Iglesias starts with something familiar and then veers off in unexpected directions. This scene, with a man teaching his son how to fish, sounds like it could be a setup for a Rio Bravo Old Man and the Sea:
“Así you’re gonna be ready for anything, entiendes? El pez caimán es inteligente…very smart. That’s why we have to hide the hook. Fishing is lying, and lying to a smart fish is almost impossible. We also have to see him before he sees us. He stays in the water, unmoving, like a log. Igualito que los caimánes. Sometimes you don’t see it until it’s too late. Most fish are stupid, but not this one. When you go fishing for pez caimán…you have to think of it as going to war with a man, not a fish.”
Just a hint: Iglesias uses this scene to take the reader places Hemingway never imagined.

Catherine Gregoire, Administrative Assistant 

Black Light: Stories by Kimberly King Parsons

Just as the title entails, Parsons puts her characters under a black light so the reader can see what is so often left in the dark–things that are all too real and frightening to explore. When a writer takes such risks, it’s helplessly enthralling. And there’s much to be said of her prose: harrowing, ethereal, gives you the good kind of shivers because you feel that as she’s dissecting her characters’ souls she is, in turn, dissecting your own.


What We’re Reading Now:

Becka Oliver, Executive Director  

This Is My Body by Cameron Dezen Hammon

This Is My Body is an honest and compelling memoir, an exploration of the author’s evolving faith coupled with a candid look at her marriage as she and her husband find themselves growing apart. Cameron is an accomplished musician and songwriter and it shows in her lyrical prose. I was lucky enough to meet her at last month’s Texas Book Festival and can confirm that she’s the real deal: open and thoughtful with some great insights – on faith, on feminism, on love – to share.

 


Michael Noll, Program Director  

Watershed by Mark Barr

As a first-time congressman, a young LBJ made rural electrification his top priority. He’d grown up without electricity and knew that going from electrified Austin to the dark Hill Country was like traveling to another country and another time. In his debut novel Watershed, Mark Barr plays up the drama caused by the changes that electricity brought. If your house had lights, if your kitchen had an electric stove and refrigerator–if, in other words, your entire world order was upended by a transformation nearly as drastic as moving from The Flintstones to The Jetsons–what would you do? In this passage, one of the main characters, a young mother named Claire whose husband has given her a venereal disease, begins to get a taste for what other transformations might be possible.

Her anger ran like a strong, black current. It puzzled her how easily love rolled over to become something darker, colder. And beyond the sting was the surprise at how easily it all fell away. Everything that she’d worked toward since she was a girl, finding a man to marry, starting a family, making a home, Travis had soiled with his betrayal, leaving her life split open along the seam that had joined her to him. Her sudden freedom was bewildering and a shock, but pleasing as well, though she couldn’t quite put a name to the sensation. She knew she’d have to go back to him, for the children’s sake, if not her own. But not yet. Let him stew a while more. Let him drive that car around alone for all the town to see. She knew there’d be gossip, but she was beyond caring about that now.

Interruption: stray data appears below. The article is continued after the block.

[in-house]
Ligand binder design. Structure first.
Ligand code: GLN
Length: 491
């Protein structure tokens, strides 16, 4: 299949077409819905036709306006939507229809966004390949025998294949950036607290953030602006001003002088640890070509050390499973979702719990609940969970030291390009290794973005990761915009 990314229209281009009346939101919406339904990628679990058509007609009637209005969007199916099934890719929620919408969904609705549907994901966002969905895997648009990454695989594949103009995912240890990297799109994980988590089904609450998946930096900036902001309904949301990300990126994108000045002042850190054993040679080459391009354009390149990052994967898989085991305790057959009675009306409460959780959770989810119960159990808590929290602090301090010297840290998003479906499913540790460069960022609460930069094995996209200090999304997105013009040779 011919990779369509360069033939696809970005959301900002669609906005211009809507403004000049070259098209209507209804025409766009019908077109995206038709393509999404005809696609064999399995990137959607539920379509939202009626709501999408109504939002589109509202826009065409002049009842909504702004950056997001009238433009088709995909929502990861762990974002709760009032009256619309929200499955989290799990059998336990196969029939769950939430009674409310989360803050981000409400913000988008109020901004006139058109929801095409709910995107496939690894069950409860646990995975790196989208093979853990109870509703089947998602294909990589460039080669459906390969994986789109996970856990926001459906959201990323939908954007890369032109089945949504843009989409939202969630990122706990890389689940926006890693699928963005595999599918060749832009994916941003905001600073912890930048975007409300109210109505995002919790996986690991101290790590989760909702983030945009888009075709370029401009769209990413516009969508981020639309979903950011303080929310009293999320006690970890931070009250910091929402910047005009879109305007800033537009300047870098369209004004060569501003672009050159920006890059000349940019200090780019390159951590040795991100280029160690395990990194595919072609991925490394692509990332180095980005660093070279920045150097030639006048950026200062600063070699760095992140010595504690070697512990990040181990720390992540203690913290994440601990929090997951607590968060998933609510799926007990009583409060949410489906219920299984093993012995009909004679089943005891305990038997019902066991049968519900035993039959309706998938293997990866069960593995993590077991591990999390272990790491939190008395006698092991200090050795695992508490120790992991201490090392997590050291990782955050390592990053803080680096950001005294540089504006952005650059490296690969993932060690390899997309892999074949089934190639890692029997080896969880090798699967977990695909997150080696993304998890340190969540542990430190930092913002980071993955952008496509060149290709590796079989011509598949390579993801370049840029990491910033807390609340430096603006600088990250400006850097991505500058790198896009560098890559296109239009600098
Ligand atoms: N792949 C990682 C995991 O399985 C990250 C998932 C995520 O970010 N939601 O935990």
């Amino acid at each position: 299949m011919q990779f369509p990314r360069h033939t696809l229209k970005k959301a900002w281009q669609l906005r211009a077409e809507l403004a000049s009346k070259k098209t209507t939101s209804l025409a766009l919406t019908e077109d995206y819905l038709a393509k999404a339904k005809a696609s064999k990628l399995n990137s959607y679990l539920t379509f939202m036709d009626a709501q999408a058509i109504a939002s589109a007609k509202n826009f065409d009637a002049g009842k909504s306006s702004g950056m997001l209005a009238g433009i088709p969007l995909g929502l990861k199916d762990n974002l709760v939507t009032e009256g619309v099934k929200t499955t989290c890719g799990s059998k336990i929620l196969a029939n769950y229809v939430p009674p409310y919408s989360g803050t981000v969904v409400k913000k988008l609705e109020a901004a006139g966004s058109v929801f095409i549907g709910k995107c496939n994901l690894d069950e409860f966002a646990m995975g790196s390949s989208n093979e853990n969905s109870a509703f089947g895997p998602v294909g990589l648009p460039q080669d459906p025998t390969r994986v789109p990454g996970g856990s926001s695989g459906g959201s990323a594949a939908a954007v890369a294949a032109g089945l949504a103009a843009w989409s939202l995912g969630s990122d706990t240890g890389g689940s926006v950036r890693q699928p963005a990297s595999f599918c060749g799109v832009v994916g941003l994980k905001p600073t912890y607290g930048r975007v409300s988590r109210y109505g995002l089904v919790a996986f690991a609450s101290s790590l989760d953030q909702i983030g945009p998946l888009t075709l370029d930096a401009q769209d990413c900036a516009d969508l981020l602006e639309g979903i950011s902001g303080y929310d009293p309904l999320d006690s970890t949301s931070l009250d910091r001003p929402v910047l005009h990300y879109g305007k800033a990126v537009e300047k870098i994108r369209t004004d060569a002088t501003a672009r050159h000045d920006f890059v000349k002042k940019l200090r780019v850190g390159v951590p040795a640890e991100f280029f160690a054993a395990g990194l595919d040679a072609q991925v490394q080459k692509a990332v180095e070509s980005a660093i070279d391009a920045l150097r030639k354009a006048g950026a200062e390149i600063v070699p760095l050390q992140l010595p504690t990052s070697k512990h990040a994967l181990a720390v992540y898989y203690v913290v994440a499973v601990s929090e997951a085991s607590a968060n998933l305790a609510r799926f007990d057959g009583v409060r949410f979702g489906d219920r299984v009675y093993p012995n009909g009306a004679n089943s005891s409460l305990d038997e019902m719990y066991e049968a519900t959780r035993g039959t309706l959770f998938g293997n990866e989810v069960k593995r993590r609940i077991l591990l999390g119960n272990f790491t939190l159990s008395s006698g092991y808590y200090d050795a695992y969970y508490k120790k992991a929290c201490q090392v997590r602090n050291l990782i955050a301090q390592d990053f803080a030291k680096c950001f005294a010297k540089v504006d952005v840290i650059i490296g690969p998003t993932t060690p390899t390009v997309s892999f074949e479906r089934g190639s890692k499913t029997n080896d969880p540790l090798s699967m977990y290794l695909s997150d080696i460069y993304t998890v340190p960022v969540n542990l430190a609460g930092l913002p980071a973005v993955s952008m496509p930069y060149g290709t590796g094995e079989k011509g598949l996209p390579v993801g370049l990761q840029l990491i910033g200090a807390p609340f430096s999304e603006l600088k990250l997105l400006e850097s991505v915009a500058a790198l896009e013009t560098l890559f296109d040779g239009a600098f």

Samantha Babiak, Member Services Manager 

How We Fight For Our Lives by Saeed Jones

This memoir is a must-read for absolutely everyone. Its visceral, lyrical prose grabs you from the first sentence to the last. Jones weaves his coming (out) of age story with short vignettes that paint a vivid and honest portrait of what it is like to grow up as a gay, Black man in the South.

Jones is a master storyteller. There is so much to learn about craft in terms of narrative structure, language and the possibilities of memoir, but also about trauma, childhood, and family dynamics. I cried, laughed, gasped, and ached reading this. At once healing and heartbreaking, How We Fight For Our Lives is one of my favorite books of the year and I can guarantee, it will be one of yours too.


What We’re Reading Now:

Becka Oliver, Executive Director 

Heaven, My Home by Attica Locke

I was lucky enough to read Attica Locke’s debut novel, Black Water Rising, in manuscript form more than ten years ago. Scenes from that wonderful book – which was set in Houston and went on to be shortlisted for the Orange Prize, not to mention nominated for several other awards – have stayed with me to this day. (Seriously, everyone, read Black Water Rising). And now, all these years later, Heaven, My Home (September 2019, Mulholland Books) reminds me once again why we should all consider ourselves lucky to have Attica Locke writing about Texas. This time, as she did in the Edgar Award winning Bluebird, Bluebird, she takes us to small town East Texas where Texas Ranger Darren Matthews searches for a young boy who’s gone missing on Caddo Lake. Before long, he’s entangled in a web of false accusations and unreliable witnesses, set against the backdrop of a town still grappling with its past and willing to make any sacrifice for its future. I couldn’t put this one down.

Michael Noll, Program Director

Zarzamora by Vincent Cooper

While reading this new poetry collection about the inhabitants of a street named after a fruit, it’s impossible not to think of Sandra Cisneros’ most famous work. But this San Antonio street is captured in a voice and tone all of Cooper’s own. The book weaves together an older narrator and his younger self in dreamlike lines.
Cooper will read from Zarzamora on October 24, 7 p.m., at Malvern Books along with Claudia Delfina Cardona and Laura Villareal. More info here.

Neena Husid, Leadership Austin Fellow

Writing to Persuade by Trish Hall

Style books exist in plenitude. But not many invite you into the frenzy of an iconic editorial department while doling out their do’s and don’t’s. Through advice, examples and personal stories-some thrilling and gossip-filled (remember the NYT’s Putin op-ed?)-Trish Hall’s, Writing to Persuade is a style book with both gravitas and grins. The former editor of the New York Times op-ed page underscores familiar writing rules while pulling some intriguing new rabbits out of her journalistic hat. “Facts aren’t magic,” Hall warns op-ed writers and no matter how many convincing sentences you craft, people will believe what they believe. Regardless of that frustration, she’s firm in her assertion that getting into fights on the page won’t win you converts. Writing to Persuade is a fun and telling read: a book authors of any genre can learn from and enjoy.